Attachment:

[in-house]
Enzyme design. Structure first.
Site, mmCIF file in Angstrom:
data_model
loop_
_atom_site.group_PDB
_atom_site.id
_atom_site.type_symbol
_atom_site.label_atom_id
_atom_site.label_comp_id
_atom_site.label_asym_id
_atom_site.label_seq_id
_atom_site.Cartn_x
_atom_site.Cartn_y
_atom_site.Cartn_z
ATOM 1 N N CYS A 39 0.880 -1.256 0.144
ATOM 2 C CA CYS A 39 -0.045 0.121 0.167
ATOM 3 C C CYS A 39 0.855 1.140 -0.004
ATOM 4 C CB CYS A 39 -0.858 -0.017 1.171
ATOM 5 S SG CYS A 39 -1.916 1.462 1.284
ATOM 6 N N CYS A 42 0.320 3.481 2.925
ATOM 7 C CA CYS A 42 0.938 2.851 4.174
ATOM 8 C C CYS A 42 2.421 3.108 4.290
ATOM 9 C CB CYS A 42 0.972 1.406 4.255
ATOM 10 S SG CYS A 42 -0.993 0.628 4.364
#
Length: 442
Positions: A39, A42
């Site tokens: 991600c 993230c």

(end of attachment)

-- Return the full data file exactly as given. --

[in-house]
Enzyme design. Structure first.
Site, mmCIF file in Angstrom:
data_model
loop_
_atom_site.group_PDB
_atom_site.id
_atom_site.type_symbol
_atom_site.label_atom_id
_atom_site.label_comp_id
_atom_site.label_asym_id
_atom_site.label_seq_id
_atom_site.Cartn_x
_atom_site.Cartn_y
_atom_site.Cartn_z
ATOM 1 N N CYS A 39 0.880 -1.256 0.144
ATOM 2 C CA CYS A 39 -0.045 0.121 0.167
ATOM 3 C C CYS A 39 0.855 1.140 -0.004
ATOM 4 C CB CYS A 39 -0.858 -0.017 1.171
ATOM 5 S SG CYS A 39 -1.916 1.462 1.284
ATOM 6 N N CYS A 42 0.320 3.481 2.925
ATOM 7 C CA CYS A 42 0.938 2.851 4.174
ATOM 8 C C CYS A 42 2.421 3.108 4.290
ATOM 9 C CB CYS A 42 0.972 1.406 4.255
ATOM 10 S SG CYS A 42 -0.993 0.628 4.364
#
Length: 442
Positions: A39, A42
């Site tokens: 991600c 993230c």